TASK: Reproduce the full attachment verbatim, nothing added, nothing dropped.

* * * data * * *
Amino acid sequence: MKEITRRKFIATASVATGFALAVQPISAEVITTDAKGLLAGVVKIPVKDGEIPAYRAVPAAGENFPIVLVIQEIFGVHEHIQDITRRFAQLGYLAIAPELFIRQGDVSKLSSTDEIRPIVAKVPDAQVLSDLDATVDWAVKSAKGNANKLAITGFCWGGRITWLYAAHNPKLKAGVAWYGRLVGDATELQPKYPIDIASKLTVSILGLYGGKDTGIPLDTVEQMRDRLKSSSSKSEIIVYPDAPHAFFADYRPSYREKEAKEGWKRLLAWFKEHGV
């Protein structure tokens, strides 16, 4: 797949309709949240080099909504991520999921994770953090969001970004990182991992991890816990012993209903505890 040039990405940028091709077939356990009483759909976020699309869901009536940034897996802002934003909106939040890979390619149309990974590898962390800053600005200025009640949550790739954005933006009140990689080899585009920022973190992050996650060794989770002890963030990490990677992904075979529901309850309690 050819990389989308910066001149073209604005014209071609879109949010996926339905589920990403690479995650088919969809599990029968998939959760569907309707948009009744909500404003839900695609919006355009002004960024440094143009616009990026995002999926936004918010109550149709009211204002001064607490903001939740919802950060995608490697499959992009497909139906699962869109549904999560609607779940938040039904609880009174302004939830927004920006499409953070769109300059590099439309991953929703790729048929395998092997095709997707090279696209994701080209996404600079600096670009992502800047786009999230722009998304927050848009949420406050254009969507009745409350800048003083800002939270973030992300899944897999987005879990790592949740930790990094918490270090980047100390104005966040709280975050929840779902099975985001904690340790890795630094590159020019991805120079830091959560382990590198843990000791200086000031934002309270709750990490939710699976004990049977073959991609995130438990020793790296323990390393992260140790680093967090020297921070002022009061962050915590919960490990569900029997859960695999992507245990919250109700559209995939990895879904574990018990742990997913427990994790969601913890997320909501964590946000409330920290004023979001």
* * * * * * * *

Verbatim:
Amino acid sequence: MKEITRRKFIATASVATGFALAVQPISAEVITTDAKGLLAGVVKIPVKDGEIPAYRAVPAAGENFPIVLVIQEIFGVHEHIQDITRRFAQLGYLAIAPELFIRQGDVSKLSSTDEIRPIVAKVPDAQVLSDLDATVDWAVKSAKGNANKLAITGFCWGGRITWLYAAHNPKLKAGVAWYGRLVGDATELQPKYPIDIASKLTVSILGLYGGKDTGIPLDTVEQMRDRLKSSSSKSEIIVYPDAPHAFFADYRPSYREKEAKEGWKRLLAWFKEHGV
């Protein structure tokens, strides 16, 4: 797949309709949240080099909504991520999921994770953090969001970004990182991992991890816990012993209903505890 040039990405940028091709077939356990009483759909976020699309869901009536940034897996802002934003909106939040890979390619149309990974590898962390800053600005200025009640949550790739954005933006009140990689080899585009920022973190992050996650060794989770002890963030990490990677992904075979529901309850309690 050819990389989308910066001149073209604005014209071609879109949010996926339905589920990403690479995650088919969809599990029968998939959760569907309707948009009744909500404003839900695609919006355009002004960024440094143009616009990026995002999926936004918010109550149709009211204002001064607490903001939740919802950060995608490697499959992009497909139906699962869109549904999560609607779940938040039904609880009174302004939830927004920006499409953070769109300059590099439309991953929703790729048929395998092997095709997707090279696209994701080209996404600079600096670009992502800047786009999230722009998304927050848009949420406050254009969507009745409350800048003083800002939270973030992300899944897999987005879990790592949740930790990094918490270090980047100390104005966040709280975050929840779902099975985001904690340790890795630094590159020019991805120079830091959560382990590198843990000791200086000031934002309270709750990490939710699976004990049977073959991609995130438990020793790296323990390393992260140790680093967090020297921070002022009061962050915590919960490990569900029997859960695999992507245990919250109700559209995939990895879904574990018990742990997913427990994790969601913890997320909501964590946000409330920290004023979001």